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What is ‘Divergence’ Divergence appears on a bar chart when the price of an asset and an indicator, index or other related asset move in opposite directions. In technical analysis, divergence is considered to be positive or negative. Either direction is a signal of a major shift in the direction of the price. Positive divergence occurs when the price of a security makes a new low while the indicator starts to climb.
Interpreting Divergence Divergence is usually associated with oscillator indicators. The calculation for oscillators takes various factors into account. For example, the Chaikin oscillator, takes the trading volume of the underlying security into account. Chaikin indicator makes lower highs with each price swing, traders can conclude that the higher highs for price are being made with decreasing volume, signaling a potential reversal to the downside. The inverse holds true for positive divergence.
RSI makes higher lows with each price swing, traders can conclude that the lower lows for price are being made with less and less momentum, signaling a potential reversal to the upside. Misinterpreting Divergence Trading signals derived from divergence that are based on oscillator indicators can be difficult to read, and they are sometimes misleading. When the market is in a strong trend in either direction, oscillators do not function well. Any signs of divergence during a strong trend would be ambiguous at best. Divergence is best suited for confirming market moves and should be used in conjunction with other technical indicators and fundamental analysis. D line highlights buying and selling pressure to confirm existing trends. What Does it Mean to Use Technical Divergence?
Divergence is definitely the most complicated indicator for the rookie technical trader. What are the most common divergence strategies implemented in forex trading? What are the best technical indicators to complement the Stochastic Oscillator? How do I read and interpret an Stochastic Oscillator? How do I start using technical analysis?
Our network of expert financial advisors field questions from our community. Sophisticated content for financial advisors around investment strategies, industry trends, and advisor education. A celebration of the 100 most influential advisors and their contributions to critical conversations on finance. The latest markets news, real time quotes, financials and more. 1979 by Gerald Appel, is one of the most popular technical indicators in trading. The MACD is appreciated by traders the world over for its simplicity and flexibility, as it can be used either as a trend or momentum indicator.
MACD: An Overview The concept behind the MACD is fairly straightforward. Of the two moving averages that make up the MACD, the 12-day EMA is obviously the faster one, while the 26-day is slower. The MACD histogram is an elegant visual representation of the difference between the MACD and its nine-day EMA. The histogram is positive when the MACD is above its nine-day EMA and negative when the MACD is below its nine-day EMA. If prices are rising, the histogram grows larger as the speed of the price movement accelerates, and contracts as price movement decelerates.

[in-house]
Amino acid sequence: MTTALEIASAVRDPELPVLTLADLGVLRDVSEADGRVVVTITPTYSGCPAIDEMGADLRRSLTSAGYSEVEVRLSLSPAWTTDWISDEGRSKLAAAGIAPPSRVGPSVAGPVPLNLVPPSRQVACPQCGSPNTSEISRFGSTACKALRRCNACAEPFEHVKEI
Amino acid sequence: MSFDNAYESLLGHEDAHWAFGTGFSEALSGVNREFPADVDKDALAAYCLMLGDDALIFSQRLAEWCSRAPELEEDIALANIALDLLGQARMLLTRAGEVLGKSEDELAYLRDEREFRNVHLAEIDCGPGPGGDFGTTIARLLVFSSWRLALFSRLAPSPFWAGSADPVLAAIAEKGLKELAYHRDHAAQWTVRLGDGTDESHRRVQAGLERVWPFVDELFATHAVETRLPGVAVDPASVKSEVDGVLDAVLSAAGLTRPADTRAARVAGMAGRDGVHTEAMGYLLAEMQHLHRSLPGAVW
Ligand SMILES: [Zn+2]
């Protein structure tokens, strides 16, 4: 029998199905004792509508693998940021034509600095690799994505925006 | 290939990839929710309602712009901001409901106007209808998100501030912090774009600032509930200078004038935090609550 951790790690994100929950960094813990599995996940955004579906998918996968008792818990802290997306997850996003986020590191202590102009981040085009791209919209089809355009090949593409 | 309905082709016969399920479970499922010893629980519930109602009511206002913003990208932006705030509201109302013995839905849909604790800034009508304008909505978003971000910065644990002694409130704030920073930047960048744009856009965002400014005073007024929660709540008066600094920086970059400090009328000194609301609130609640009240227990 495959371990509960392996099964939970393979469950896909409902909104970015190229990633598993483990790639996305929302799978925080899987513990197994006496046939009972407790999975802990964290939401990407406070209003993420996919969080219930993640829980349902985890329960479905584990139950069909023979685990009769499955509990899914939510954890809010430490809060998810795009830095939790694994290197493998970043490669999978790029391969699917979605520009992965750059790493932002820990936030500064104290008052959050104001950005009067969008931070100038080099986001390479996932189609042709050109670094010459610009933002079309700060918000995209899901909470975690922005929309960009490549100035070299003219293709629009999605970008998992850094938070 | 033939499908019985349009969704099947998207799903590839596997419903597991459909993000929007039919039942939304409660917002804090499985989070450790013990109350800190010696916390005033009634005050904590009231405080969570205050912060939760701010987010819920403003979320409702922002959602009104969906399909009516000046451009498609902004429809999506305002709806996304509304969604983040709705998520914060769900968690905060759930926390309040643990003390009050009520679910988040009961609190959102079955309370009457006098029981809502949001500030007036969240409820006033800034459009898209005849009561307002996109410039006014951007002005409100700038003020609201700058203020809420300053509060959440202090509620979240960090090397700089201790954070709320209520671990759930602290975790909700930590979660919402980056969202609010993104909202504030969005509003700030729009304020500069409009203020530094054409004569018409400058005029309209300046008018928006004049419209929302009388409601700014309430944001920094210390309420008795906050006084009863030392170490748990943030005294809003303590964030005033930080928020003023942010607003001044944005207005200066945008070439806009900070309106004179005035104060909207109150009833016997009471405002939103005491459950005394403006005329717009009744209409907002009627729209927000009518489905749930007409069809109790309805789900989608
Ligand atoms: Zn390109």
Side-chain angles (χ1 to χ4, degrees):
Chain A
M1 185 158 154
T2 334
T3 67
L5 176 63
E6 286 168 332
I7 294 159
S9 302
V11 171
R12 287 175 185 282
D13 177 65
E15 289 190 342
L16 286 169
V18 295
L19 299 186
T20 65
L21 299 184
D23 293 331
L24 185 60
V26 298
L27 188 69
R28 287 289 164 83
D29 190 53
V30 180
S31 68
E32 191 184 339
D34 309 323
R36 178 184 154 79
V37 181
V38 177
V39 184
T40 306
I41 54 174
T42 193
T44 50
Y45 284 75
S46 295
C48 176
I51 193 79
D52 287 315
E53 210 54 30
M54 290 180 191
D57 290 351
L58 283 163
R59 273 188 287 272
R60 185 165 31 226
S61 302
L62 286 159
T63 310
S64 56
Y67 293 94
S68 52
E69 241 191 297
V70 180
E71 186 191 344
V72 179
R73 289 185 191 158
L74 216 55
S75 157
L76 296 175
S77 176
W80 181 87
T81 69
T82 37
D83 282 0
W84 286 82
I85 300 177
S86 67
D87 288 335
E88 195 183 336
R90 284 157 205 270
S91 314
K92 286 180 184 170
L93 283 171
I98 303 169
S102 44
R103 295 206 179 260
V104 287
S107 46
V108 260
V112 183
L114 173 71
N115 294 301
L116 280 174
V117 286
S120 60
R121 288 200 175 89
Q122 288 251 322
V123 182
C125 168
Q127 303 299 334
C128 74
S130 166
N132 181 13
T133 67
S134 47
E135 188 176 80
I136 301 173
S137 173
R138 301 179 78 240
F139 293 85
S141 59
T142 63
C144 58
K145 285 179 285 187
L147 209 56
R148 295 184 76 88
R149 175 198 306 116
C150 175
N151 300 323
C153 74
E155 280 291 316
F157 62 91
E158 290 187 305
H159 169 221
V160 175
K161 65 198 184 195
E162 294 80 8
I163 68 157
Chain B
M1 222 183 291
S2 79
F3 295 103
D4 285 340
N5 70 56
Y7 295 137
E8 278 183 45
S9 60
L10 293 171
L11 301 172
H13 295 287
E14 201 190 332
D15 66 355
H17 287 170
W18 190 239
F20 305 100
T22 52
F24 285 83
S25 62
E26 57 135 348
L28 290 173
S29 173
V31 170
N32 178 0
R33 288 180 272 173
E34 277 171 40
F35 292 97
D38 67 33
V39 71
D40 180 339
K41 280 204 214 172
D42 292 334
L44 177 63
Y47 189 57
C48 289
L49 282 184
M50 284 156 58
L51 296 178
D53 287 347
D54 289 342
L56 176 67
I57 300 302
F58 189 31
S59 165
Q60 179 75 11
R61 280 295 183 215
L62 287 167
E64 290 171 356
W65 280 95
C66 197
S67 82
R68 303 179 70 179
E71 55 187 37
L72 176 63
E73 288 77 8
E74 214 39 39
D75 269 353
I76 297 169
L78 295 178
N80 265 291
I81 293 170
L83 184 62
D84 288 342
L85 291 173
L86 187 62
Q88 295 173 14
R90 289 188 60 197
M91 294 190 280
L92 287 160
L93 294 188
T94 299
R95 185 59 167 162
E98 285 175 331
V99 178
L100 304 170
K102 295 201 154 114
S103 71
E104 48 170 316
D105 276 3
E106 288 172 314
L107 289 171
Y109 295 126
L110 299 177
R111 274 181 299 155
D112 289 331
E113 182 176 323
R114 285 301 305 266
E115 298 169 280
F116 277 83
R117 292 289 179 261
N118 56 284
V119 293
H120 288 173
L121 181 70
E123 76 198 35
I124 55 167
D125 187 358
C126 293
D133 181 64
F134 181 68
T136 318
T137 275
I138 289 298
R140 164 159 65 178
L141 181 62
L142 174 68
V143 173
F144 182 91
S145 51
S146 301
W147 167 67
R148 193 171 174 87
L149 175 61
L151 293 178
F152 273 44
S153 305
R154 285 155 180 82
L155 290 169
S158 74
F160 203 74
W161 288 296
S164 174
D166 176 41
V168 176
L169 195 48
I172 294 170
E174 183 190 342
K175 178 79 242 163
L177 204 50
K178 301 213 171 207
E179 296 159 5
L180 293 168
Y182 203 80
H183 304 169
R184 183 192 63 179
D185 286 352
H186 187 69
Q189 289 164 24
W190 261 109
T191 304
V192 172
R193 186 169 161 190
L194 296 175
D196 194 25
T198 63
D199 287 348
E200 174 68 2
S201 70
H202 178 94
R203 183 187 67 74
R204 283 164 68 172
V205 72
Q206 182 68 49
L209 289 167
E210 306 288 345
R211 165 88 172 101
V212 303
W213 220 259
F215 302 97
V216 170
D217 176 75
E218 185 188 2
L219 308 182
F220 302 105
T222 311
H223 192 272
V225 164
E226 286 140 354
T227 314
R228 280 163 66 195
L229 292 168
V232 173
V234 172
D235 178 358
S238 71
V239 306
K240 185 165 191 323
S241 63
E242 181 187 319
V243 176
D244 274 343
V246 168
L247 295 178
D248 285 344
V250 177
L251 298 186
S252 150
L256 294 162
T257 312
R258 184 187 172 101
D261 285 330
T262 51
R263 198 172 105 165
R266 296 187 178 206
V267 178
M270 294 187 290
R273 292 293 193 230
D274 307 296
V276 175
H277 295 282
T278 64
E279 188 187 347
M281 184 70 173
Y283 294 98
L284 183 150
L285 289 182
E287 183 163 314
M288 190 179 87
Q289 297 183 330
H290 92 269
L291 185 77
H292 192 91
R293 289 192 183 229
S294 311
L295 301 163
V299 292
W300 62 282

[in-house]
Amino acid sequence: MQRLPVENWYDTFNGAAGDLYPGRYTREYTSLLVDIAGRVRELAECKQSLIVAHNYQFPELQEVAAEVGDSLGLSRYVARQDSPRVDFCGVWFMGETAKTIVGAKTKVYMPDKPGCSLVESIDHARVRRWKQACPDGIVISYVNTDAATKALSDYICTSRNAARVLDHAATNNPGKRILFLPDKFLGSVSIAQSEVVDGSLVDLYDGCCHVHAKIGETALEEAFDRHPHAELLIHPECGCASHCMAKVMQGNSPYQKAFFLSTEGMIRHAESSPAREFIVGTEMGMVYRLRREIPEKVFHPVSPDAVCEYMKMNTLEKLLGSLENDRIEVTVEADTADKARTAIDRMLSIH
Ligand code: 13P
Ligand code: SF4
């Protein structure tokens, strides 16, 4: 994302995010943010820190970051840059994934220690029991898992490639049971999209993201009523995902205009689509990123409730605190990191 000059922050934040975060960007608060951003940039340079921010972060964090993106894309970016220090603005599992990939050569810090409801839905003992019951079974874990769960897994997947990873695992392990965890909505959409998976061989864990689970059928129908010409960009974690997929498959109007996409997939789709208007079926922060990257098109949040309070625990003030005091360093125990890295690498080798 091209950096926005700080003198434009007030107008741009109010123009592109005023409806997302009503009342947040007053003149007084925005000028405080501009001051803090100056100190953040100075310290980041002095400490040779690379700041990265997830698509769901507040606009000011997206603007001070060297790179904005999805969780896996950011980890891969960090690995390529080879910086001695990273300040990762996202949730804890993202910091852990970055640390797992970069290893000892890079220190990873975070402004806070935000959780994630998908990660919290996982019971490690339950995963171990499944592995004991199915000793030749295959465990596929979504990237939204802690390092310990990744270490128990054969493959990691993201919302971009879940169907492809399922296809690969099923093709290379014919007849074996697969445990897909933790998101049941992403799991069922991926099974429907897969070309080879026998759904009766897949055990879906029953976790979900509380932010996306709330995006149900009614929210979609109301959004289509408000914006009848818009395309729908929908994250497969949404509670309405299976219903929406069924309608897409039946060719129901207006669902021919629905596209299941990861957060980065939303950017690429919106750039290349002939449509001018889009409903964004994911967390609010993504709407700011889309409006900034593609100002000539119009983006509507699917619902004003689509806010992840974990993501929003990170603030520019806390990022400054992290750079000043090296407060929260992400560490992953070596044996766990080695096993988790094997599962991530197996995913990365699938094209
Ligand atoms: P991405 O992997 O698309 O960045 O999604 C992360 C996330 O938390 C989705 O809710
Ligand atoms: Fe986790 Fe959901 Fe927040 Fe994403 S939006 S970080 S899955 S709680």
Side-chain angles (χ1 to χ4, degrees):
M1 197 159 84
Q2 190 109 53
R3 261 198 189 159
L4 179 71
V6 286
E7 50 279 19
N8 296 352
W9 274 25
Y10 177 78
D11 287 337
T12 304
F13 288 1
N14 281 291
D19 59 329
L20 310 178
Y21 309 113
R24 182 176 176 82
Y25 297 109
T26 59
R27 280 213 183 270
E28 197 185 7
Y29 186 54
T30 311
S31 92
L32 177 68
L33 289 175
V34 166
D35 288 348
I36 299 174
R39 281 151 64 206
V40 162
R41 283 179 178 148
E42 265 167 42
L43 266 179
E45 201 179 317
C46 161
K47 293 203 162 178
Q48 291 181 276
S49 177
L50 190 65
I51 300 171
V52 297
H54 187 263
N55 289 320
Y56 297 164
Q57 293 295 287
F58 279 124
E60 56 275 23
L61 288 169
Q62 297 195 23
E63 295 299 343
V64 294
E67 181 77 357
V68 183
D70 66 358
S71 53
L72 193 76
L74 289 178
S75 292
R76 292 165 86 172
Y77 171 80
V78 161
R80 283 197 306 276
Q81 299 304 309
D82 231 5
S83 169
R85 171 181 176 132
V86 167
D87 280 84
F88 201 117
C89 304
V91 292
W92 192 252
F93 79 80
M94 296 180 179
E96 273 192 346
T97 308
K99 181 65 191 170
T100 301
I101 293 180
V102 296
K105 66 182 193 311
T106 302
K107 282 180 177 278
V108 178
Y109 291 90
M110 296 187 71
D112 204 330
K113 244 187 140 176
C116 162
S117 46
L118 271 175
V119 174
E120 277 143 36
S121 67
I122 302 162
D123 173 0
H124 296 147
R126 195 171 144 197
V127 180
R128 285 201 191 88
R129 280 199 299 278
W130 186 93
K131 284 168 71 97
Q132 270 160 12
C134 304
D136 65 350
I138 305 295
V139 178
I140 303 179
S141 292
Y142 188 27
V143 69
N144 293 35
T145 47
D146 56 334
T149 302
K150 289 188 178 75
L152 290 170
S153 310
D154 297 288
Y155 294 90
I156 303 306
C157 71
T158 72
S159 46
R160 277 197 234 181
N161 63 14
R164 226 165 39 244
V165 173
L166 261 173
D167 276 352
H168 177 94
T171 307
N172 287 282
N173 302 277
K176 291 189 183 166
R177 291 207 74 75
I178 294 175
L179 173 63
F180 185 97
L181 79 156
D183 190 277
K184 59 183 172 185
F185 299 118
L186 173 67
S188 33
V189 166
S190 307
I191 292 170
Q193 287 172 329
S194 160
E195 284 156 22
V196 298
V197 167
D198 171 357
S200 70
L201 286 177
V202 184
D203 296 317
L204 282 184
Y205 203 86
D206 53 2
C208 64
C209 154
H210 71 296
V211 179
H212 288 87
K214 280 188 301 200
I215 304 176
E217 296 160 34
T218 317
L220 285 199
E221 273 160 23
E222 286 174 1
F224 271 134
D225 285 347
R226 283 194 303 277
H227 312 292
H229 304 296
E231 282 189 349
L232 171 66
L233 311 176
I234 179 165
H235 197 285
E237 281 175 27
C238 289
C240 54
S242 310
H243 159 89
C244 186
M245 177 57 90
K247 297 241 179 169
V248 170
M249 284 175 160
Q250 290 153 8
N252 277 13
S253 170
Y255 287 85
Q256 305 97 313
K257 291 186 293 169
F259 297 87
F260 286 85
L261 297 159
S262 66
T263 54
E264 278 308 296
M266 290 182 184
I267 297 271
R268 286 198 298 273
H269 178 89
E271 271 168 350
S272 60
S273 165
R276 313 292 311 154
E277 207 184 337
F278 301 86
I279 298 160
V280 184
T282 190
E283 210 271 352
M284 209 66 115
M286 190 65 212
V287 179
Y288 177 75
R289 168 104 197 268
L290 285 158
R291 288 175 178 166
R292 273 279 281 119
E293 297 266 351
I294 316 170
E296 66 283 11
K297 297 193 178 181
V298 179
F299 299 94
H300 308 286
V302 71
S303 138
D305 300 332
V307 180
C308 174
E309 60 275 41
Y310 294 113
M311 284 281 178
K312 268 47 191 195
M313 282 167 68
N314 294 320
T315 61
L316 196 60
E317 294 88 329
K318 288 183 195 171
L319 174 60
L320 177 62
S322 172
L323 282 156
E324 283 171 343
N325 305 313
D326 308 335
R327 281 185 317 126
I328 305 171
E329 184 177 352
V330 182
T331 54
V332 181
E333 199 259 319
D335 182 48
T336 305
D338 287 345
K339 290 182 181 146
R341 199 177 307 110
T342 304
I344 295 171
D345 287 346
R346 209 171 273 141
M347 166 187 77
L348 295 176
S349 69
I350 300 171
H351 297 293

The same principle works in reverse as prices are falling. Figure 1 is a good example of a MACD histogram in action. The MACD histogram is the main reason why so many traders rely on this indicator to measure momentum, because it responds to the speed of price movement. Indeed, most traders use the MACD indicator more frequently to gauge the strength of the price move than to determine the direction of a trend. Trading Divergence As we mentioned earlier, trading divergence is a classic way in which the MACD histogram is used. One of the most common setups is to find chart points at which price makes a new swing high or a new swing low, but the MACD histogram does not, indicating a divergence between price and momentum.
Figure 2 illustrates a typical divergence trade. At the right-hand circle on the price chart, the price movements make a new swing high, but at the corresponding circled point on the MACD histogram, the MACD histogram is unable to exceed its previous high of 0. The histogram reached this high at the point indicated by the lower left-hand circle. Unfortunately, the divergence trade is not very accurate, as it fails more times than it succeeds.
Prices frequently have several final bursts up or down that trigger stops and force traders out of position just before the move actually makes a sustained turn and the trade becomes profitable. Figure 3 demonstrates a typical divergence fakeout, which has frustrated scores of traders over the years. Figure 3: A typical divergence fakeout. One of the reasons traders often lose with this setup is that they enter a trade on a signal from the MACD indicator but exit it based on the move in price. Since the MACD histogram is a derivative of price and is not price itself, this approach is, in effect, the trading version of mixing apples and oranges.
Using the MACD Histogram for Both Entry and Exit To resolve the inconsistency between entry and exit, a trader can use the MACD histogram for both trade entry and trade exit signals. Currency traders are uniquely positioned to take advantage of this strategy, because the larger the position, the larger the potential gains once the price reverses. In effect, this strategy requires the trader to average up as prices temporarily move against him or her. This is typically not considered a good strategy. Many trading books have derisively dubbed such a technique as “adding to your losers.